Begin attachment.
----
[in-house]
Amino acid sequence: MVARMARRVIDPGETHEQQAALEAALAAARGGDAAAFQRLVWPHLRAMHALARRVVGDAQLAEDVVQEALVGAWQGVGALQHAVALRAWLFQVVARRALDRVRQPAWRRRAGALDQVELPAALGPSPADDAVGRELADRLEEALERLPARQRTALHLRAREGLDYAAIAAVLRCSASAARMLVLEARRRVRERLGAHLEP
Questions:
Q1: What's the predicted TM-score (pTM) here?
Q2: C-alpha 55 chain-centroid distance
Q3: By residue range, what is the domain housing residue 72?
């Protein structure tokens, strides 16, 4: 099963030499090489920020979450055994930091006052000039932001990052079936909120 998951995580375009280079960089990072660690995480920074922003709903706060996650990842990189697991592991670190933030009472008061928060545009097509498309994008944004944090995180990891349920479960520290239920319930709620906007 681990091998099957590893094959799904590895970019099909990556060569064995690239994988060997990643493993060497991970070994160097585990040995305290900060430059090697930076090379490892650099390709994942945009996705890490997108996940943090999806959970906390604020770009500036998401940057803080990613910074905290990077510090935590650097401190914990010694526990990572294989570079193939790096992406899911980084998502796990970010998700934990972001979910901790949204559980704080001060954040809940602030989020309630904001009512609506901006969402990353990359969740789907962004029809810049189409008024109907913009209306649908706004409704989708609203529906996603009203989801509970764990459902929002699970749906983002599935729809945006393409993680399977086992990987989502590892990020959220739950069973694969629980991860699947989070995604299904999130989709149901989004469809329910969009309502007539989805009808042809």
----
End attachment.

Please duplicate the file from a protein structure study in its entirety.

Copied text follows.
[in-house]
Amino acid sequence: MVARMARRVIDPGETHEQQAALEAALAAARGGDAAAFQRLVWPHLRAMHALARRVVGDAQLAEDVVQEALVGAWQGVGALQHAVALRAWLFQVVARRALDRVRQPAWRRRAGALDQVELPAALGPSPADDAVGRELADRLEEALERLPARQRTALHLRAREGLDYAAIAAVLRCSASAARMLVLEARRRVRERLGAHLEP
Questions:
Q1: What's the predicted TM-score (pTM) here?
Q2: C-alpha 55 chain-centroid distance
Q3: By residue range, what is the domain housing residue 72?
């Protein structure tokens, strides 16, 4: 099963030499090489920020979450055994930091006052000039932001990052079936909120 998951995580375009280079960089990072660690995480920074922003709903706060996650990842990189697991592991670190933030009472008061928060545009097509498309994008944004944090995180990891349920479960520290239920319930709620906007 681990091998099957590893094959799904590895970019099909990556060569064995690239994988060997990643493993060497991970070994160097585990040995305290900060430059090697930076090379490892650099390709994942945009996705890490997108996940943090999806959970906390604020770009500036998401940057803080990613910074905290990077510090935590650097401190914990010694526990990572294989570079193939790096992406899911980084998502796990970010998700934990972001979910901790949204559980704080001060954040809940602030989020309630904001009512609506901006969402990353990359969740789907962004029809810049189409008024109907913009209306649908706004409704989708609203529906996603009203989801509970764990459902929002699970749906983002599935729809945006393409993680399977086992990987989502590892990020959220739950069973694969629980991860699947989070995604299904999130989709149901989004469809329910969009309502007539989805009808042809």